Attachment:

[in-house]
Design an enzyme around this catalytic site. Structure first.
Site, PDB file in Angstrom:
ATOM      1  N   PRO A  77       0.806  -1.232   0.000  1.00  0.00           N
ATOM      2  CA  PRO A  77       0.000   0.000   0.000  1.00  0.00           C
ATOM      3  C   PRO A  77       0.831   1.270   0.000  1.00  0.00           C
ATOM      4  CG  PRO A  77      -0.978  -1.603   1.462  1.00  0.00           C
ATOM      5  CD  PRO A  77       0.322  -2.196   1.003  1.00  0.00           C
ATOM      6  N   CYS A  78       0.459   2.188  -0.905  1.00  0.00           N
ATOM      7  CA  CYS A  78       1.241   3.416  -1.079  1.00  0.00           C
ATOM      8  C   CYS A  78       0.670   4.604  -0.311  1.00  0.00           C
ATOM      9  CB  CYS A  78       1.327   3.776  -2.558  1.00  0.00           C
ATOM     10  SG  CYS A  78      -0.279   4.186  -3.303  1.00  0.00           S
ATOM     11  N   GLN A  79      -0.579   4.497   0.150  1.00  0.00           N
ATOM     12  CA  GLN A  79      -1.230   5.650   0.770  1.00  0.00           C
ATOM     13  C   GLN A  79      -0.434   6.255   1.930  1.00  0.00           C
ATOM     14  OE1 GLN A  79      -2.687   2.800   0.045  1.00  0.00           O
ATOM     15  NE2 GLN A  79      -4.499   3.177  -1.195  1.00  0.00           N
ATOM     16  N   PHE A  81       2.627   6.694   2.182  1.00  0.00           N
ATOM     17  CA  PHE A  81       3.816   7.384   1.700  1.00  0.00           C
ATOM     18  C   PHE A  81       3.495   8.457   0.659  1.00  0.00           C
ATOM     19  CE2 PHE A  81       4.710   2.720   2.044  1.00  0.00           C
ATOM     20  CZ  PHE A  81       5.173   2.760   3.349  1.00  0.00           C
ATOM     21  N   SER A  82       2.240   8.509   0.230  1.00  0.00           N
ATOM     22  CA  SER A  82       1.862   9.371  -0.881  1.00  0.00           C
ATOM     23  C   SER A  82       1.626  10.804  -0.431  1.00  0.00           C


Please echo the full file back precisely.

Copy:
[in-house]
Design an enzyme around this catalytic site. Structure first.
Site, PDB file in Angstrom:
ATOM      1  N   PRO A  77       0.806  -1.232   0.000  1.00  0.00           N
ATOM      2  CA  PRO A  77       0.000   0.000   0.000  1.00  0.00           C
ATOM      3  C   PRO A  77       0.831   1.270   0.000  1.00  0.00           C
ATOM      4  CG  PRO A  77      -0.978  -1.603   1.462  1.00  0.00           C
ATOM      5  CD  PRO A  77       0.322  -2.196   1.003  1.00  0.00           C
ATOM      6  N   CYS A  78       0.459   2.188  -0.905  1.00  0.00           N
ATOM      7  CA  CYS A  78       1.241   3.416  -1.079  1.00  0.00           C
ATOM      8  C   CYS A  78       0.670   4.604  -0.311  1.00  0.00           C
ATOM      9  CB  CYS A  78       1.327   3.776  -2.558  1.00  0.00           C
ATOM     10  SG  CYS A  78      -0.279   4.186  -3.303  1.00  0.00           S
ATOM     11  N   GLN A  79      -0.579   4.497   0.150  1.00  0.00           N
ATOM     12  CA  GLN A  79      -1.230   5.650   0.770  1.00  0.00           C
ATOM     13  C   GLN A  79      -0.434   6.255   1.930  1.00  0.00           C
ATOM     14  OE1 GLN A  79      -2.687   2.800   0.045  1.00  0.00           O
ATOM     15  NE2 GLN A  79      -4.499   3.177  -1.195  1.00  0.00           N
ATOM     16  N   PHE A  81       2.627   6.694   2.182  1.00  0.00           N
ATOM     17  CA  PHE A  81       3.816   7.384   1.700  1.00  0.00           C
ATOM     18  C   PHE A  81       3.495   8.457   0.659  1.00  0.00           C
ATOM     19  CE2 PHE A  81       4.710   2.720   2.044  1.00  0.00           C
ATOM     20  CZ  PHE A  81       5.173   2.760   3.349  1.00  0.00           C
ATOM     21  N   SER A  82       2.240   8.509   0.230  1.00  0.00           N
ATOM     22  CA  SER A  82       1.862   9.371  -0.881  1.00  0.00           C
ATOM     23  C   SER A  82       1.626  10.804  -0.431  1.00  0.00           C